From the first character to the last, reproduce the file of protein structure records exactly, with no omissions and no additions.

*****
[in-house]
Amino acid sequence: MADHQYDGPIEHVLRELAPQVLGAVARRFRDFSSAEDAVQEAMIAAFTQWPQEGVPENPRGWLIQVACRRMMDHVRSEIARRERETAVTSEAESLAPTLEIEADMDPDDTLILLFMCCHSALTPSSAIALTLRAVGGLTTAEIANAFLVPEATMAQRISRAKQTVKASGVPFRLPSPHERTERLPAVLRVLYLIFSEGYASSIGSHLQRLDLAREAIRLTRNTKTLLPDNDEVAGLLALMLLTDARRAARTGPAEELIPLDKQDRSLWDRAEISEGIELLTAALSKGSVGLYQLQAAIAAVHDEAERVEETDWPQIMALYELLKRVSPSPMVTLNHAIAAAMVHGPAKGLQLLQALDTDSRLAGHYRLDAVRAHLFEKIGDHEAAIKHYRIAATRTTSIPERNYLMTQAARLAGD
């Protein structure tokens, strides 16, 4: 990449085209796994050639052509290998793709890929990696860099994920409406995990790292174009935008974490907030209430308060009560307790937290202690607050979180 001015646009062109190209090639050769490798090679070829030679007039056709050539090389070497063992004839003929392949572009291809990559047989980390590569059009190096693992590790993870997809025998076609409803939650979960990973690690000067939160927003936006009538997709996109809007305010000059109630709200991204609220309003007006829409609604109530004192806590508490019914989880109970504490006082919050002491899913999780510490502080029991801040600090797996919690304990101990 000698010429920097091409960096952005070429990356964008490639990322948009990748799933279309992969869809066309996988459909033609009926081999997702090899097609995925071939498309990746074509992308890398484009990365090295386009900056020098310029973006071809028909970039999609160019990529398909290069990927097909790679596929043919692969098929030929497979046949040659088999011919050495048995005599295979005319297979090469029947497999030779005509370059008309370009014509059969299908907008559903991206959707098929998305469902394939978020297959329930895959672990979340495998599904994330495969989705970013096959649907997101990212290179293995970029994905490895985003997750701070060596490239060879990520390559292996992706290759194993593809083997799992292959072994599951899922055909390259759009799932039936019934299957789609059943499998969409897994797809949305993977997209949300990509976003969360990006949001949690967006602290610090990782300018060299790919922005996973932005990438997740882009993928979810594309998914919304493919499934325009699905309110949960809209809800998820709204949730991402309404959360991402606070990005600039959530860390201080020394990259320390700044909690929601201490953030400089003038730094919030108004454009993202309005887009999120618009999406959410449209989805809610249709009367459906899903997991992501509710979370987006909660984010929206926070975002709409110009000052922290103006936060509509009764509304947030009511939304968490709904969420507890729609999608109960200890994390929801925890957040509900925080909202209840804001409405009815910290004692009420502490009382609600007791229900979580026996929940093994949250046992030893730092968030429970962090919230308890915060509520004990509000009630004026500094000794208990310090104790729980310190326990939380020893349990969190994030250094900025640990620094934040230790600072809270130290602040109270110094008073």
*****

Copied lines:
[in-house]
Amino acid sequence: MADHQYDGPIEHVLRELAPQVLGAVARRFRDFSSAEDAVQEAMIAAFTQWPQEGVPENPRGWLIQVACRRMMDHVRSEIARRERETAVTSEAESLAPTLEIEADMDPDDTLILLFMCCHSALTPSSAIALTLRAVGGLTTAEIANAFLVPEATMAQRISRAKQTVKASGVPFRLPSPHERTERLPAVLRVLYLIFSEGYASSIGSHLQRLDLAREAIRLTRNTKTLLPDNDEVAGLLALMLLTDARRAARTGPAEELIPLDKQDRSLWDRAEISEGIELLTAALSKGSVGLYQLQAAIAAVHDEAERVEETDWPQIMALYELLKRVSPSPMVTLNHAIAAAMVHGPAKGLQLLQALDTDSRLAGHYRLDAVRAHLFEKIGDHEAAIKHYRIAATRTTSIPERNYLMTQAARLAGD
């Protein structure tokens, strides 16, 4: 990449085209796994050639052509290998793709890929990696860099994920409406995990790292174009935008974490907030209430308060009560307790937290202690607050979180 001015646009062109190209090639050769490798090679070829030679007039056709050539090389070497063992004839003929392949572009291809990559047989980390590569059009190096693992590790993870997809025998076609409803939650979960990973690690000067939160927003936006009538997709996109809007305010000059109630709200991204609220309003007006829409609604109530004192806590508490019914989880109970504490006082919050002491899913999780510490502080029991801040600090797996919690304990101990 000698010429920097091409960096952005070429990356964008490639990322948009990748799933279309992969869809066309996988459909033609009926081999997702090899097609995925071939498309990746074509992308890398484009990365090295386009900056020098310029973006071809028909970039999609160019990529398909290069990927097909790679596929043919692969098929030929497979046949040659088999011919050495048995005599295979005319297979090469029947497999030779005509370059008309370009014509059969299908907008559903991206959707098929998305469902394939978020297959329930895959672990979340495998599904994330495969989705970013096959649907997101990212290179293995970029994905490895985003997750701070060596490239060879990520390559292996992706290759194993593809083997799992292959072994599951899922055909390259759009799932039936019934299957789609059943499998969409897994797809949305993977997209949300990509976003969360990006949001949690967006602290610090990782300018060299790919922005996973932005990438997740882009993928979810594309998914919304493919499934325009699905309110949960809209809800998820709204949730991402309404959360991402606070990005600039959530860390201080020394990259320390700044909690929601201490953030400089003038730094919030108004454009993202309005887009999120618009999406959410449209989805809610249709009367459906899903997991992501509710979370987006909660984010929206926070975002709409110009000052922290103006936060509509009764509304947030009511939304968490709904969420507890729609999608109960200890994390929801925890957040509900925080909202209840804001409405009815910290004692009420502490009382609600007791229900979580026996929940093994949250046992030893730092968030429970962090919230308890915060509520004990509000009630004026500094000794208990310090104790729980310190326990939380020893349990969190994030250094900025640990620094934040230790600072809270130290602040109270110094008073």